Gridlock, But No Bomb

Told of terror plot against a Baltimore tunnel, officials close tubes

4 Detained In Investigation


Investigating a tip that terrorists planned to blow up one of two tunnels running beneath Baltimore's harbor, authorities temporarily shut down Interstate 95 - the East Coast's major north-south artery - yesterday to aid the search for suspects.

The threat, described by federal officials as specific but unsubstantiated, claimed that an Egyptian man living in the Baltimore area was plotting to drive a bomb-laden vehicle into one of the tunnels and detonate the explosives.

At least six Egyptian terrorists planned to smuggle the explosives into the Port of Baltimore by ship, according to a tipster. Agents searched a Southeast Baltimore market and two pizza restaurants and detained four men - three Egyptians and a Jordanian - on immigration violations.

But that same informant had a "questionable" performance on a polygraph and his story has not been corroborated by others, according to a source familiar with the investigation.

State officials defended the decision by Maryland Transportation Authority Police Chief Gary McLhinney to close I-95 at the Fort McHenry Tunnel for about an hour and Interstate 895 at the Harbor Tunnel for two hours starting at 11:30 a.m. Police acted without warning motorists, rerouting traffic and searching cars and trucks. The closures and heightened security measures rippled into widespread gridlock at midday.

About 115,000 vehicles use the eight-lane Fort McHenry Tunnel, completed in 1985, on an average day, and 71,000 use the four-lane Harbor Tunnel, built in 1957.

Both sunken tubes are about 1.5 miles long and serve as vital links in the highway system that carries traffic in and around Baltimore.

"We were obviously at some risk, some danger that the tunnel was part of this operation but not the sole part of this operation," Maryland Gov. Robert L. Ehrlich Jr. told CNN yesterday after an afternoon news conference.

Federal law enforcement officials were more cautious in their assessments. The special agent in charge of Baltimore's FBI office, Kevin Perkins, described the tip as a "threat of undetermined credibility to an unspecified tunnel in the Baltimore area."

Baltimore Mayor Martin O'Malley and his police command staff expressed frustration that they had been included in every aspect of the investigation - including locating of suspects in the city - but that they were not told of the state's decision to close the tunnels.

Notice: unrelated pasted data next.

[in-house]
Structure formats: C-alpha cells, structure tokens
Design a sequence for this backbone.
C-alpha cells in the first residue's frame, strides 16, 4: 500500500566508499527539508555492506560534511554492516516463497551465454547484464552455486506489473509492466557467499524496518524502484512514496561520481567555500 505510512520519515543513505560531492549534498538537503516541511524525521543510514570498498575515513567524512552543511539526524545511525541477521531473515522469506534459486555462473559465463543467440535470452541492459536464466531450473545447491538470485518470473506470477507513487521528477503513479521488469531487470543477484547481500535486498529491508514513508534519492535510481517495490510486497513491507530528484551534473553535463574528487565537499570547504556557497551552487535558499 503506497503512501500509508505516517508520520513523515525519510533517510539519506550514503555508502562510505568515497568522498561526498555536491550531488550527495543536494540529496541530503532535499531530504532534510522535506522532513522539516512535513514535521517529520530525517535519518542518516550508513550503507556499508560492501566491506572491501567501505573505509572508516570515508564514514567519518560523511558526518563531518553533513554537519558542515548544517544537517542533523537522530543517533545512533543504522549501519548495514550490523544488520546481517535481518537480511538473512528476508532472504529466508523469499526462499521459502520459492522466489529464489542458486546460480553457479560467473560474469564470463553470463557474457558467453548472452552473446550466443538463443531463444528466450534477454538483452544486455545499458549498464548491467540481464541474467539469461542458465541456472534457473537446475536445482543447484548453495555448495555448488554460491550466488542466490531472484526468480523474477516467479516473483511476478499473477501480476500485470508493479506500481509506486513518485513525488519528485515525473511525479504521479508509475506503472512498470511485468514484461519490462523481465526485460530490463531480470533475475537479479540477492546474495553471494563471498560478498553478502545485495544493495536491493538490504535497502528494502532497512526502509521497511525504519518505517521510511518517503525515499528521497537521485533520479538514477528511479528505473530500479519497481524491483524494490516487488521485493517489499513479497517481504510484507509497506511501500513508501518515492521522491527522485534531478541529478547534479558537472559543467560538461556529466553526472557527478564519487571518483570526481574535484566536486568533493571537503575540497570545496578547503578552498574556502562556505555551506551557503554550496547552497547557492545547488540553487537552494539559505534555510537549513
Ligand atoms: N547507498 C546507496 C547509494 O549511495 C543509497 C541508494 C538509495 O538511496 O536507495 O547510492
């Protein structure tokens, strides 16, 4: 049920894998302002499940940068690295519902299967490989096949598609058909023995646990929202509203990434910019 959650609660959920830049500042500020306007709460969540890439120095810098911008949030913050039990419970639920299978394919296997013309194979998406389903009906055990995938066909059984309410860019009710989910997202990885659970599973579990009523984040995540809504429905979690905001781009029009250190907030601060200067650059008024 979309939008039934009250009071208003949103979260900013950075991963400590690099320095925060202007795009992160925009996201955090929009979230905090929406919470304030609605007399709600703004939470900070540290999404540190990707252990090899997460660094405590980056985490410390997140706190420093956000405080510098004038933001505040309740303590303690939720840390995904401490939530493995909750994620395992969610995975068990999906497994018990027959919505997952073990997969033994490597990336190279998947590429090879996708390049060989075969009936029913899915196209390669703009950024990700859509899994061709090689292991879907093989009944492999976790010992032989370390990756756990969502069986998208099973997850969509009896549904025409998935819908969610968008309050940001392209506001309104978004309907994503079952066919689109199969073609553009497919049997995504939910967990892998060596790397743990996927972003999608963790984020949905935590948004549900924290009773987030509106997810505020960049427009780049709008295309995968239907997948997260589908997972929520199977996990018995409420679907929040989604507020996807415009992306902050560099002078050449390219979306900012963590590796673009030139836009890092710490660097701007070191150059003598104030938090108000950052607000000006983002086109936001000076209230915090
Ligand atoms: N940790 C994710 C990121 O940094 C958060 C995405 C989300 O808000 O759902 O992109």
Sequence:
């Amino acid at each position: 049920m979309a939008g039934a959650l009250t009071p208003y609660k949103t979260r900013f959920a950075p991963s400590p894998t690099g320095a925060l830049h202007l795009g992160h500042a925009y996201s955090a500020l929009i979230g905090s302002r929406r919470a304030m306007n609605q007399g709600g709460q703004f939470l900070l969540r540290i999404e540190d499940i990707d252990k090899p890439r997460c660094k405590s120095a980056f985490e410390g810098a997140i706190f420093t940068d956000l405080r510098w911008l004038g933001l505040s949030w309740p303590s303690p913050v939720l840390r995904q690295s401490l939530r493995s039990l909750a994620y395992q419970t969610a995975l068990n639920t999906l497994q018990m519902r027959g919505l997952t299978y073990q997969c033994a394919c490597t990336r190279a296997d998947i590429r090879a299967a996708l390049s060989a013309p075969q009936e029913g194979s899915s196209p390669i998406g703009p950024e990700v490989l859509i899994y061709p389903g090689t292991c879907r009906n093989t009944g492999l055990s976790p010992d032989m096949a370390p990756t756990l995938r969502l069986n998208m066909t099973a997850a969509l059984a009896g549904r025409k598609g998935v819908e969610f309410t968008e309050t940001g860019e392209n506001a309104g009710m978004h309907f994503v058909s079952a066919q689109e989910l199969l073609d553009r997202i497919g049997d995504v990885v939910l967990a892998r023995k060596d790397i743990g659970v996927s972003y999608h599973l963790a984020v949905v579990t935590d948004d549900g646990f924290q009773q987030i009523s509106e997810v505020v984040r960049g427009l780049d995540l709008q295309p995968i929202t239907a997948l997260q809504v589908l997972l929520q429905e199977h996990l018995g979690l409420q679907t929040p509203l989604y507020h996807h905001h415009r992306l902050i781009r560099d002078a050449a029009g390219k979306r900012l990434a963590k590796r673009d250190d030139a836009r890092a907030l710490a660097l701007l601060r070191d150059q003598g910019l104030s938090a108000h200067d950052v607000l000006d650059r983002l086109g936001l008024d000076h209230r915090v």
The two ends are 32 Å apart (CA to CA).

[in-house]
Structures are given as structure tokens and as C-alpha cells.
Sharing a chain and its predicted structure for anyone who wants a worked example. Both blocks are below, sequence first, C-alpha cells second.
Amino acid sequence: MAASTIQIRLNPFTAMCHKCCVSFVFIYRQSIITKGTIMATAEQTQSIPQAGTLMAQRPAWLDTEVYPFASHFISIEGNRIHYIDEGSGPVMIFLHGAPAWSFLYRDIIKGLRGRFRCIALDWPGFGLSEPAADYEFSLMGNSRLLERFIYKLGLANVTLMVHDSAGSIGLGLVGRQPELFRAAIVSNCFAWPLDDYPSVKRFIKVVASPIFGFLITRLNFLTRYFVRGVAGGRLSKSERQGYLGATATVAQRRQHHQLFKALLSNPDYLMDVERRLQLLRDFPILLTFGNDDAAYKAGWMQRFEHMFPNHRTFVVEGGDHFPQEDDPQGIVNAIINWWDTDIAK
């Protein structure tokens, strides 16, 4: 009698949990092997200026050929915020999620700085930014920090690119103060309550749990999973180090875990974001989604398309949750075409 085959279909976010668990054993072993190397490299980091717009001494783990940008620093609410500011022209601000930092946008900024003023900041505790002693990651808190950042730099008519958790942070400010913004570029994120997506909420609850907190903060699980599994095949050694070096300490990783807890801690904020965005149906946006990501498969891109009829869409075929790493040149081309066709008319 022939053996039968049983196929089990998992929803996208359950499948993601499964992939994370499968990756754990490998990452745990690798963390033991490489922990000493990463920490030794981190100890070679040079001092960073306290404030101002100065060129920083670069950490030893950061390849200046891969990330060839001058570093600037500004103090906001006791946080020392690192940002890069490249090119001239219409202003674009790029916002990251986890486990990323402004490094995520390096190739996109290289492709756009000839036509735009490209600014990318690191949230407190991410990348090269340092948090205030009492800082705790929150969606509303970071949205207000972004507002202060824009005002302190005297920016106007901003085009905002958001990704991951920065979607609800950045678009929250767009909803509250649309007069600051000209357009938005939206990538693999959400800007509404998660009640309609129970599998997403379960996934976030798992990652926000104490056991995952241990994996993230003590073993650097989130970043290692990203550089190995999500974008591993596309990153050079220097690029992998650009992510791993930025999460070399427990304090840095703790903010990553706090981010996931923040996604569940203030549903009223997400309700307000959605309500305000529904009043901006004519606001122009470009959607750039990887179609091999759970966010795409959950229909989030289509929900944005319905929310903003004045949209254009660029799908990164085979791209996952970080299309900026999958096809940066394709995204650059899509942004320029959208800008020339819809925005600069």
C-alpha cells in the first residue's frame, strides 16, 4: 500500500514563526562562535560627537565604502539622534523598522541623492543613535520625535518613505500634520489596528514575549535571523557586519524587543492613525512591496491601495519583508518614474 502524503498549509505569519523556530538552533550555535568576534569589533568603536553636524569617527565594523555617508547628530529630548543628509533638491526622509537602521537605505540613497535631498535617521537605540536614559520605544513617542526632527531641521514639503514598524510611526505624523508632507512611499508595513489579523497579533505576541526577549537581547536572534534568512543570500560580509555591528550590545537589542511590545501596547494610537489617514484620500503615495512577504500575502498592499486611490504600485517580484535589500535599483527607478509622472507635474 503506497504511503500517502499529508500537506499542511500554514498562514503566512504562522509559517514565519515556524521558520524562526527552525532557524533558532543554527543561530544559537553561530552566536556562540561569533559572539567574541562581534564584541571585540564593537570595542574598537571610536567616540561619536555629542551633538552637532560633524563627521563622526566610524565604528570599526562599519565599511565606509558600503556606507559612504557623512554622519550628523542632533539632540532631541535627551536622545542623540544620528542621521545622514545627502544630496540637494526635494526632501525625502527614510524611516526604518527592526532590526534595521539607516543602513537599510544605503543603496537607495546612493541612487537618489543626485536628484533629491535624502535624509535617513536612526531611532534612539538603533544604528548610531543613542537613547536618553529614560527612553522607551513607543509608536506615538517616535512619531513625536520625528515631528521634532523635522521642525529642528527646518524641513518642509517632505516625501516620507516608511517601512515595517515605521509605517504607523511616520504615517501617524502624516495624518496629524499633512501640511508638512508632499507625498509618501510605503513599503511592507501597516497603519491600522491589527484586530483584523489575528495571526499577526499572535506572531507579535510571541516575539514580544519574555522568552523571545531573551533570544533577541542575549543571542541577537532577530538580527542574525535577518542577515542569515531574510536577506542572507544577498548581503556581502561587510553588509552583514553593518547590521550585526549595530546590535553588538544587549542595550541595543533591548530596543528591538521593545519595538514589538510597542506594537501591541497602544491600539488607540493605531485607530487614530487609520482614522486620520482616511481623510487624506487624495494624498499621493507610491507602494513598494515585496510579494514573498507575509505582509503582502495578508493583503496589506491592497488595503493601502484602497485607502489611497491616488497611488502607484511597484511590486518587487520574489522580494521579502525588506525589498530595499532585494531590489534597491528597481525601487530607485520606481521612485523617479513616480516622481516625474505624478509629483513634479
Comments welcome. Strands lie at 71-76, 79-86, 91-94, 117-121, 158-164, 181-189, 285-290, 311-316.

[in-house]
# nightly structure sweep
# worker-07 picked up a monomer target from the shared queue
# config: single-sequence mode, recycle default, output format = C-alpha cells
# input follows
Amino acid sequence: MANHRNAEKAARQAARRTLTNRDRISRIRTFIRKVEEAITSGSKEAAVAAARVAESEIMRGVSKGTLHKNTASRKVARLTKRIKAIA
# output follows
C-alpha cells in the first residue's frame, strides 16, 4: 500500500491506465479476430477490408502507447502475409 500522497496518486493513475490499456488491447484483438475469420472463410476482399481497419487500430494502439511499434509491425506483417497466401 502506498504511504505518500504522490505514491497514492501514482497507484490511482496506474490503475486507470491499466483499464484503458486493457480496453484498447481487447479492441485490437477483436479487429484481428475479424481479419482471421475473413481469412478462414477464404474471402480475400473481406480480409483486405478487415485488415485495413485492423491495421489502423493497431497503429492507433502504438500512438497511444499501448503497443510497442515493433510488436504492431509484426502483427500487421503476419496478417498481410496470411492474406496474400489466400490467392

The mayor said he and his staff learned of the shutdowns from news reports.

Search for suspects

Both state and federal officials described the surprise tunnel closures as essential in their coordinated efforts to give federal agents time to search for suspects, including at Koko Market in Highlandtown and two pizza restaurants, one in Dundalk.

"The information was somewhat specific as to date and time, and this required appropriate investigation follow-up to be conducted," Perkins said. "At this point, no evidence collected to date has corroborated the threat as it's going on. However, the investigation is still ongoing."

Nonetheless, Perkins stood by state officials, saying, "The FBI and the Joint Terrorism Task Force, along with our other state and local partners, fully support the actions that had to be taken to protect the citizens of Maryland."

Federal authorities were detaining at least four men last night on immigration violations, including an Egyptian man who worked at Koko. All four men held in custody had previously been ordered deported from the United States but had failed to comply, immigration officials said.

Officials did not immediately release their names.

Yesterday's decision to shut I-95, one of Maryland's busiest highways, through its largest city marked the state's most dramatic anti-terrorism effort since Sept. 11, 2001. Questions immediately emerged about whether the decision to close the highway and tunnels matched the credibility of the threat.

A similar threat against the New York City subway system prompted city officials to step up security efforts in the public transit system Oct. 6, a measure later scaled back because of the unreliability of the threat's source.

Credibility issues

In the tunnel investigation, the "source's credibility is unknown but the source has voluntarily provided information with the perceived expectation of receiving special treatment for unrelated criminal activity conducted overseas," said one federal law enforcement official, speaking on the condition of anonymity because of the continuing investigation.

O'Malley said he could not discuss the credibility of the threat.

But the mayor did say "I am not aware, nor is the police commissioner, of any evidence that has been obtained to corroborate the credibility or the degree of the threat."

Word of a potential attack on Maryland's transportation system also brought back memories of a Virginia man with connection to the Palestinian group Hamas who had been arrested after his wife videotaped the Chesapeake Bay Bridge in Maryland last year.

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